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Dadu Dorley (39) from Bong Country gets vaccinated outside as she is late. She was selling her potatoes greens in the local market. Once she heard what was going on, she ran to get the vaccine. Gavin Douglas/Concern Worldwide

'There's been a drastic increase in the uptake': The impact of the Covid-19 vaccine in Liberia

Communities in Liberia are increasingly interested in getting vaccinated, says Concern’s Naana Adjei.

WITH 51% OF the population in Liberia living below the national poverty line, the arrival of coronavirus in 2020 brought with it an enormous threat to thousands of communities.

Liberians have faced an unfathomable number of challenges in recent decades: Fourteen years of devastating civil war, which ended in 2003, left infrastructure destroyed and the economy shattered. The country was just starting to recover when, in 2014, it was hit by Ebola. 

Most recently, there’s the ongoing challenge of Covid-19. Naana Adjei, Programme Manager of the ECHO project with Concern in Liberia, says communities across the country have been deeply affected. 

Widespread challenges

“Communities who depend on agricultural yield to support their families and improve their livelihood couldn’t take their goods to the market due to lockdowns,” she says. In turn, this lead to a substantial loss of income for many people. 

Another challenge, says Naana, was the lack of opportunity for families to spend time together. “As per tradition, families in Liberia regularly gather together. However, Covid-19 restrictions blocked those interactions in some ways and brought divisions among families.” 

On top of this, fear of being infected with the virus “affected the behaviour of citizens who were already unwell, which lead to treatable diseases worsening in communities and lead to an increase in rate of deaths in the community”. 

RS62931 Naana Adjei and Joetta K. Nyantee work on the ECHO vaccine project. They travel great distances on very poor roads to make sure the vaccine is being delivered to the hardest to reach and vulnerable communities Gavin Douglas Gavin Douglas

Vaccine availability

As of this month, about 28% of the population of Liberia is fully vaccinated. While it can be easy to look past other countries’ vaccination statuses, it’s important to remember that everyone in every country is entitled to a vaccine, says Sarah Cundy, Concern’s National Health Coordinator in Sierra Leone. 

“Globally, development budgets have been slashed as traditional institutional donors have been forced to divert funding away from low middle income countries to their own responses or economic stability interventions. And that has really been felt,” she says. “We’ve seen programmes being completely cancelled in a lot of developing countries or having their budget slashed in devastating ways.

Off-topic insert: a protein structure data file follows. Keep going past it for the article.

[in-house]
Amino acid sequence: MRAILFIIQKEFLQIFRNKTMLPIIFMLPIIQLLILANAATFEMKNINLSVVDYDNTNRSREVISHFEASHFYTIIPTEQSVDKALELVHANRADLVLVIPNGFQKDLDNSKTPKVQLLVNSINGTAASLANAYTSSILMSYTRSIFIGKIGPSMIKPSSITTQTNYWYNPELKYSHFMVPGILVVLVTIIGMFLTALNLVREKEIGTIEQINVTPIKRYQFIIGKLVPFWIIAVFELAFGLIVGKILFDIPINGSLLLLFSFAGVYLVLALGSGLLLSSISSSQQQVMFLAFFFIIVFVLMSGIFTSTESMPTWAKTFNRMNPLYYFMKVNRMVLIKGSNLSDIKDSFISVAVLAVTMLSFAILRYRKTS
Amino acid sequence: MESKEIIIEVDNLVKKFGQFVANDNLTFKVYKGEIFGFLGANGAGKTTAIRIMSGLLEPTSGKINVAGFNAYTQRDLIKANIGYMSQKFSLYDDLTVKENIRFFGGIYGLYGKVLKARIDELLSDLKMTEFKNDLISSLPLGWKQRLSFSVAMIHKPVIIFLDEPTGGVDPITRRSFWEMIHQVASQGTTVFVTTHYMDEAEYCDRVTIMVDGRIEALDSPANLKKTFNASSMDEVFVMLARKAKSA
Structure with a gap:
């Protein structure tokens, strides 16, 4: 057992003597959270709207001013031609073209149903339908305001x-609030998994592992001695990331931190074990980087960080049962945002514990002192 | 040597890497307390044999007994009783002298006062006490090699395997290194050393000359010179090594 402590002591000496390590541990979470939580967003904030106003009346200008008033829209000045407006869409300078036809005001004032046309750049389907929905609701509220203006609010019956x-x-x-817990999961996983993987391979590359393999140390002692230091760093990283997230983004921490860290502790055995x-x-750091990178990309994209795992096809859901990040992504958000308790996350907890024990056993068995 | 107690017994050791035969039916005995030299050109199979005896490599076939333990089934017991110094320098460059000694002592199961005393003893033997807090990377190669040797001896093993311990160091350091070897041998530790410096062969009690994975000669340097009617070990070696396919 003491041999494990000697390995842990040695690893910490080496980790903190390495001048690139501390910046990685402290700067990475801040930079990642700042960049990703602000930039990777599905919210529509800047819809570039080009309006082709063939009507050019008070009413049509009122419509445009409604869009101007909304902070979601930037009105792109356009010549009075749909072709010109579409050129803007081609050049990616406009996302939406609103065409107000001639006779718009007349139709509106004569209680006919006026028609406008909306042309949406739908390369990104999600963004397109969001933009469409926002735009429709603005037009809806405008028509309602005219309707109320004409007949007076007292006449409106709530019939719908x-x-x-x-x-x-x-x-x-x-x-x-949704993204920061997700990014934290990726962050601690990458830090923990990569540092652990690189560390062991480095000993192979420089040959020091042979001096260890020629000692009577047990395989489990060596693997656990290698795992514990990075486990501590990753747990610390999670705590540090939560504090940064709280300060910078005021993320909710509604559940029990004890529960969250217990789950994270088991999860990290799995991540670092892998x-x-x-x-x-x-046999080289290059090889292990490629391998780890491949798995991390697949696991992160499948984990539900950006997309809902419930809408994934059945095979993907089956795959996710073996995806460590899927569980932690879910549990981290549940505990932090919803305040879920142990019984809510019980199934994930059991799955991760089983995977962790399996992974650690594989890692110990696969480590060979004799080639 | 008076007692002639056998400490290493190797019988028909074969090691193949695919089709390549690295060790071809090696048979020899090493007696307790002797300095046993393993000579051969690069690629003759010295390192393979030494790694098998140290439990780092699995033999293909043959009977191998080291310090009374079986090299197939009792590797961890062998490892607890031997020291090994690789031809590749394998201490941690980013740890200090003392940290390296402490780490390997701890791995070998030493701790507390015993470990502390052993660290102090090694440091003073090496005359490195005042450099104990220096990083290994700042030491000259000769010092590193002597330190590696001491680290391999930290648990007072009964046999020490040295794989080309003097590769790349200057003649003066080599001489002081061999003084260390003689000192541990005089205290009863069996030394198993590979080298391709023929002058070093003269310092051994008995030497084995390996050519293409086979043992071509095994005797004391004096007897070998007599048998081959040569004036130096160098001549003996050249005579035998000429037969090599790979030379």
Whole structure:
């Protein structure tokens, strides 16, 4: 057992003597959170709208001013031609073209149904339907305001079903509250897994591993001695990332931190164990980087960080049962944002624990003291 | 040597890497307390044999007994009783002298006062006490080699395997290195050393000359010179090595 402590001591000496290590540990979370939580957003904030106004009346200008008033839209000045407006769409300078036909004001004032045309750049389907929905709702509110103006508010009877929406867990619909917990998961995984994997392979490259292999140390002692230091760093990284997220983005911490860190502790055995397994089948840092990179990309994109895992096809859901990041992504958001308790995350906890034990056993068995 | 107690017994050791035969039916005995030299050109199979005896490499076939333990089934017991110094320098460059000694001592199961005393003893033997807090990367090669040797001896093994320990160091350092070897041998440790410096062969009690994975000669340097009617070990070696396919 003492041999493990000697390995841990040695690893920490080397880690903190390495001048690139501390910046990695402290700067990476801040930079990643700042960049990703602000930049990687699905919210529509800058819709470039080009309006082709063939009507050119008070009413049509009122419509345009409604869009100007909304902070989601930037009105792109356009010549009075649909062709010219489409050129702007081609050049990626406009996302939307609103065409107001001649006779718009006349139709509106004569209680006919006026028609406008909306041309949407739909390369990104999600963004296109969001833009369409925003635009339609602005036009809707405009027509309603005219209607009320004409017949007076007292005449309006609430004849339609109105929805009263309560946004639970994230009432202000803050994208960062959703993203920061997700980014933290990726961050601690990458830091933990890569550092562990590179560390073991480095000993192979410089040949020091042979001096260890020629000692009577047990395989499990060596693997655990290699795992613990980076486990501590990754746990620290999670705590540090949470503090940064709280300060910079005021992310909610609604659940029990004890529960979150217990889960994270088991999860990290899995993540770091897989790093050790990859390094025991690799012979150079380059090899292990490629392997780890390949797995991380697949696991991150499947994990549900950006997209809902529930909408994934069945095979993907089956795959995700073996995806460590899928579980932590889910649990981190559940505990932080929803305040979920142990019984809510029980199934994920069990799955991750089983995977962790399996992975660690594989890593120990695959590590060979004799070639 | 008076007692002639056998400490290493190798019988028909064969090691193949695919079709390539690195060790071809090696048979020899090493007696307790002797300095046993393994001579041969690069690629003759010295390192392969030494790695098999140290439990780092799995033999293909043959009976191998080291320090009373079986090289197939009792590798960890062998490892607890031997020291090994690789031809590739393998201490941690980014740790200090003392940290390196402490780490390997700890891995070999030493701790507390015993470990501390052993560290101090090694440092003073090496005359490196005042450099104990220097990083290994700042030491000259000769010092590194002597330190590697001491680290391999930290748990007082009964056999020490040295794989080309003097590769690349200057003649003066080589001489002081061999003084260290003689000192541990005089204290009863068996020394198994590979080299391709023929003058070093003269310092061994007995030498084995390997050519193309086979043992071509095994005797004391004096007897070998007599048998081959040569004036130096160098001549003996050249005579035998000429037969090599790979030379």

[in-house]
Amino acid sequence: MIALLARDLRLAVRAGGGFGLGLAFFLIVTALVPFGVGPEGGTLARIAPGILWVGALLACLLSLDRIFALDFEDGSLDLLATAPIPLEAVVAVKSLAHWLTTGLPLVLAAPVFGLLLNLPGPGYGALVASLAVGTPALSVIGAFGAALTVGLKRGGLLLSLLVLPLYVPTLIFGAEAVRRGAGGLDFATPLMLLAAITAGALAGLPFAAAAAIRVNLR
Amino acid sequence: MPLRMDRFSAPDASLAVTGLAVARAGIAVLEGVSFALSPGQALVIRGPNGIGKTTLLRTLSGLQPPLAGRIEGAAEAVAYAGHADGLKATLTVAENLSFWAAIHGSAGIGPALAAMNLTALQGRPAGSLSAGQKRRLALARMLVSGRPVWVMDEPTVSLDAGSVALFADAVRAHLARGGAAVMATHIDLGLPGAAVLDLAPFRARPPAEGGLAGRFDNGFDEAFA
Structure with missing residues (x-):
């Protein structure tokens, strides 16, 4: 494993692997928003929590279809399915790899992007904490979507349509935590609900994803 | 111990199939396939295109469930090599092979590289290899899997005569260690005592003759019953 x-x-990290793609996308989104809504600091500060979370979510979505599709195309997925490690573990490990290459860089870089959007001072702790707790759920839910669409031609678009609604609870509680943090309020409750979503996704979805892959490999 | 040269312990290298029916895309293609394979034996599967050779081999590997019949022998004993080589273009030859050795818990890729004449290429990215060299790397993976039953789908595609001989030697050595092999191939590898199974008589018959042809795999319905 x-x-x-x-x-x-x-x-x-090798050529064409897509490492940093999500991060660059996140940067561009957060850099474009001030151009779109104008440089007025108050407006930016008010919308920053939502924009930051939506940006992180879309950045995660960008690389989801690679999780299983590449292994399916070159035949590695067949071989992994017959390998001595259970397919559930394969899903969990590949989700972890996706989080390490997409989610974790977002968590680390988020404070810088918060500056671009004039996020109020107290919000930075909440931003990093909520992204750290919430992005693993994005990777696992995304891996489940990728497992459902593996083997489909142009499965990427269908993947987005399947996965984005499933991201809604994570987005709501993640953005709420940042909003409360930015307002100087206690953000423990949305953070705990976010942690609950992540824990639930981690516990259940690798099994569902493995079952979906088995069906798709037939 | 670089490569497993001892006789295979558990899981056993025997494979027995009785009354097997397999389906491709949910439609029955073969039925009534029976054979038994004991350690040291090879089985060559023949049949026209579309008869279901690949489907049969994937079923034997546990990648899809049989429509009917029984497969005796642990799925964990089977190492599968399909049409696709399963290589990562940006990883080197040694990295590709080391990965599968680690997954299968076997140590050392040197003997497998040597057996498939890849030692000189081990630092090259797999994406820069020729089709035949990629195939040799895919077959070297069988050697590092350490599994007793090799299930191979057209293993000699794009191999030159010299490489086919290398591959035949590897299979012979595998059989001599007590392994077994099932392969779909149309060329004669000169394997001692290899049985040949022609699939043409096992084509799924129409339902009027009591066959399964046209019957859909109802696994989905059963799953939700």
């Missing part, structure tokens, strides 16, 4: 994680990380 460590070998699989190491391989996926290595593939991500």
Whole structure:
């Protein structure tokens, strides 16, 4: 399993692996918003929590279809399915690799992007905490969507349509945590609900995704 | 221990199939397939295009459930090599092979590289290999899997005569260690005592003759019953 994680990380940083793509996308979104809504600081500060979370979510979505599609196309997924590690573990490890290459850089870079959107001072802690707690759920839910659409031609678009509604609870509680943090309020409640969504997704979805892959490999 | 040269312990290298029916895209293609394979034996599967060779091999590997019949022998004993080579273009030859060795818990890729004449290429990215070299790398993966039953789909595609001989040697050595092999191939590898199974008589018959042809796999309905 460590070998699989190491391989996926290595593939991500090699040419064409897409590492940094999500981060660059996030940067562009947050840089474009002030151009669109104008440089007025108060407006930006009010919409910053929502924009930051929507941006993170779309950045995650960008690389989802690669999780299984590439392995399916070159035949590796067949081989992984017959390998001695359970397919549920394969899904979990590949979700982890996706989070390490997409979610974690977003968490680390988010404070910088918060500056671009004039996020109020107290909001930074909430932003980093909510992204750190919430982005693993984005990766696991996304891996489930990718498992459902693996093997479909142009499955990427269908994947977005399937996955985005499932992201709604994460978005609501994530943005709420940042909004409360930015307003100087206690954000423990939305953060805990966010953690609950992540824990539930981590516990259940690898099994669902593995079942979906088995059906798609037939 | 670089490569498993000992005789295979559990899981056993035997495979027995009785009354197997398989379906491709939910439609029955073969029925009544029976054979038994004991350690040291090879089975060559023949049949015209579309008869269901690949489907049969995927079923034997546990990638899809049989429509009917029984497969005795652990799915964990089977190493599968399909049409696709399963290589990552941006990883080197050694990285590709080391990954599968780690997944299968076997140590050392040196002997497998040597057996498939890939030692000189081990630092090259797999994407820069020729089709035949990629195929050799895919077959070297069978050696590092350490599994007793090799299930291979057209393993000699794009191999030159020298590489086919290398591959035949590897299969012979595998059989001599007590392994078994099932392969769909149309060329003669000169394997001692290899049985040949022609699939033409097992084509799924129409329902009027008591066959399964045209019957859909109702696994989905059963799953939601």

Historical inequities in healthcare budgets, I think, are the reason why the virus is still winning. And I think every virus after this will still win if we don’t change the way we look at global health security.

Targeting healthcare workers

A key step in increasing vaccine uptake in Liberia was vaccinating healthcare workers, which was aided by a vaccination programme funded by European Civil Protection and Humanitarian Aid Operations (ECHO). The €2.3m vaccination programme, which is being implemented through Concern and the International Rescue Committee, is underway in Sierra Leone and Liberia. 

RS63039 IRC Echo Consortium officer Tendra Gweh helps mobilise locals to get the vaccine. She is met with a lot of fearful people looking for answers before they are willing to take the vaccine Gavin Douglas / Concern Gavin Douglas / Concern / Concern

Vaccinating healthcare workers “restores confidence for people to take the vaccine,” says Sarah.

“It also gives people confidence to go and access routine services at health facilities, whether that be childhood immunisations, anti-natal care or emergency care,” she says.

I think that was really important because in any health emergency response, we have to make sure we’re maintaining essential services at the baseline.

This, combined with the funding of the vaccine, lead to increased awareness and created demand for vaccines across the country, says Naana. “These awareness messages contributed massively to the drastic increase in the vaccine uptake as myths and misinformation surrounding the vaccines were dispelled.

“Compared to the previous, slower responses from communities, we can safely say now that communities are more interested in getting vaccinated as a result of all the efforts that have been put in by the National Government and partners like ECHO.” 

Concern’s vaccination programmes in Sierra Leone and Liberia are funded by the European Union. Learn more about Concern’s work in responding to the Covid-19 pandemic in Sierra Leone and Liberia here

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